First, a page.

Here in Botswana, when festive season hits and places of business are closed for the holidays, the Batswana head home for the holidays to the villages in which they grew up and where mostly likely their parents and relatives still live. Tabuche headed home to his village, where he has also built a small house with his own hands in which he plans to retire. He was accompanied by his daughter, who he claims is not nearly as good company in the car as I am 🙂 A friend of Tabuche also drove with them so at least he had some company.
His plans were not to rest but to help out his father and brothers as much as he could. In fact, the other day he told me that he and his four brothers dug an entire pond by hand at the cattle post for the goat-herd. Yes, so while I was having fun, he was working hard from dawn to dusk. Telling me that the only time that he spent in the house that he built was to return at night to sleep. I know that he loves this house as he often talks about it.
However, what is more important to Tabuche is ensuring that he helps his parents when he can and planning for the future for he and his wife and children. In fact on Tuesday he proudly showed me something that I am sure that he had never shared with any of his other clients, but we are now friends. He is now the proud owner of four cattle of his own and he has his very own brand to signify ownership. I got to see the brand registry documents and it was so wonderful to see the happiness on his face when he showed them to me.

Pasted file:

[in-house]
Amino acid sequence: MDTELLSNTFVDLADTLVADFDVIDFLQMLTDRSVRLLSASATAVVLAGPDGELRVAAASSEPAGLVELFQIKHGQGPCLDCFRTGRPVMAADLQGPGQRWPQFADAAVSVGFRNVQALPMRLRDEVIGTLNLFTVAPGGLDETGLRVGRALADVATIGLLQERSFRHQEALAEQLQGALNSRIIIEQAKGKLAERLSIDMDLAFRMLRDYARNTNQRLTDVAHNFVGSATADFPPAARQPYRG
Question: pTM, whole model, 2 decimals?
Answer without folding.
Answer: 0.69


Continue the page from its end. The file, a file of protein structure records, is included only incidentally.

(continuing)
You see, cattle are not only a symbol of wealth for Batswana, but they provide an excellent livelihood. This is because cattle are not only a symbol of wealth , but also a source of livelihood for Batswana. They are the main source of meat during celebrations as well as funerals and are usually sold to the Botswana Meat Commission (BMC) in order to secure much-needed funds to support a family. I asked how much a cow costs here in Botswana and it is a huge amount, 4,500 pula which is about $569.00 Canadian dollars. He would have had to save for years to afford one, let alone four. But this is the man who when he first came to Gaborone lived in Old Niledim which considered to be the slum of Gaborone. It is located not far from where I live and he has taken me in there to show me around. The people who live there live in poverty, yet he worked hard and was able to build a house in a better part of town and owns his own taxi company with four drivers. Can you see why I admire and adore him?
In total, I actually saw him four times this week as he picked up parcels from home at the WUSC office and delivered them to me and took me out for social engagement. However, I am so happy to be going back to work tomorrow morning so he and I can resume our daily rituals as there is always something to discuss and learn about!